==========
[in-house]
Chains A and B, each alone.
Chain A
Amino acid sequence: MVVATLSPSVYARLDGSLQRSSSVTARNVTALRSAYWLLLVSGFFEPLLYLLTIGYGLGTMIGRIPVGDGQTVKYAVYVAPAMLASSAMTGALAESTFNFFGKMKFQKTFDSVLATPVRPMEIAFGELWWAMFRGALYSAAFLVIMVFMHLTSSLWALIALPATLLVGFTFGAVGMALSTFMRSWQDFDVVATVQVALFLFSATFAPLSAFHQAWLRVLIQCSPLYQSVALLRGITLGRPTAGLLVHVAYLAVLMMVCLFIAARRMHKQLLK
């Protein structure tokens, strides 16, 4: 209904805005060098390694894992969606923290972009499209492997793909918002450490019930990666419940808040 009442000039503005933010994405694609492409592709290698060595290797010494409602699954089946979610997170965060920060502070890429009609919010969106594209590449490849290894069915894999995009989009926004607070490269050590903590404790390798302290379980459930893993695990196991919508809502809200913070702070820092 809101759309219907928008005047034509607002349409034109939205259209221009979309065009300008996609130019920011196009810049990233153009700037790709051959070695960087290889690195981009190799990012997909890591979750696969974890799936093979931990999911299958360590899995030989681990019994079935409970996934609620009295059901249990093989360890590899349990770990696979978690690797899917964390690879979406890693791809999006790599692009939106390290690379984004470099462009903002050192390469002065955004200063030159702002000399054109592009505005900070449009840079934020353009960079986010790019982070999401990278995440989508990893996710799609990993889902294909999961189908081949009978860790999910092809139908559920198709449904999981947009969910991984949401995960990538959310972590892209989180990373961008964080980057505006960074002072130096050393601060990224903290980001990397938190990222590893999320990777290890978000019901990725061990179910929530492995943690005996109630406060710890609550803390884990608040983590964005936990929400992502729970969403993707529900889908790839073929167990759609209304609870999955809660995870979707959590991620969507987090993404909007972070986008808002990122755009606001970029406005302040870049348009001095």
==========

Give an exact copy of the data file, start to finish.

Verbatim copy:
[in-house]
Chains A and B, each alone.
Chain A
Amino acid sequence: MVVATLSPSVYARLDGSLQRSSSVTARNVTALRSAYWLLLVSGFFEPLLYLLTIGYGLGTMIGRIPVGDGQTVKYAVYVAPAMLASSAMTGALAESTFNFFGKMKFQKTFDSVLATPVRPMEIAFGELWWAMFRGALYSAAFLVIMVFMHLTSSLWALIALPATLLVGFTFGAVGMALSTFMRSWQDFDVVATVQVALFLFSATFAPLSAFHQAWLRVLIQCSPLYQSVALLRGITLGRPTAGLLVHVAYLAVLMMVCLFIAARRMHKQLLK
């Protein structure tokens, strides 16, 4: 209904805005060098390694894992969606923290972009499209492997793909918002450490019930990666419940808040 009442000039503005933010994405694609492409592709290698060595290797010494409602699954089946979610997170965060920060502070890429009609919010969106594209590449490849290894069915894999995009989009926004607070490269050590903590404790390798302290379980459930893993695990196991919508809502809200913070702070820092 809101759309219907928008005047034509607002349409034109939205259209221009979309065009300008996609130019920011196009810049990233153009700037790709051959070695960087290889690195981009190799990012997909890591979750696969974890799936093979931990999911299958360590899995030989681990019994079935409970996934609620009295059901249990093989360890590899349990770990696979978690690797899917964390690879979406890693791809999006790599692009939106390290690379984004470099462009903002050192390469002065955004200063030159702002000399054109592009505005900070449009840079934020353009960079986010790019982070999401990278995440989508990893996710799609990993889902294909999961189908081949009978860790999910092809139908559920198709449904999981947009969910991984949401995960990538959310972590892209989180990373961008964080980057505006960074002072130096050393601060990224903290980001990397938190990222590893999320990777290890978000019901990725061990179910929530492995943690005996109630406060710890609550803390884990608040983590964005936990929400992502729970969403993707529900889908790839073929167990759609209304609870999955809660995870979707959590991620969507987090993404909007972070986008808002990122755009606001970029406005302040870049348009001095």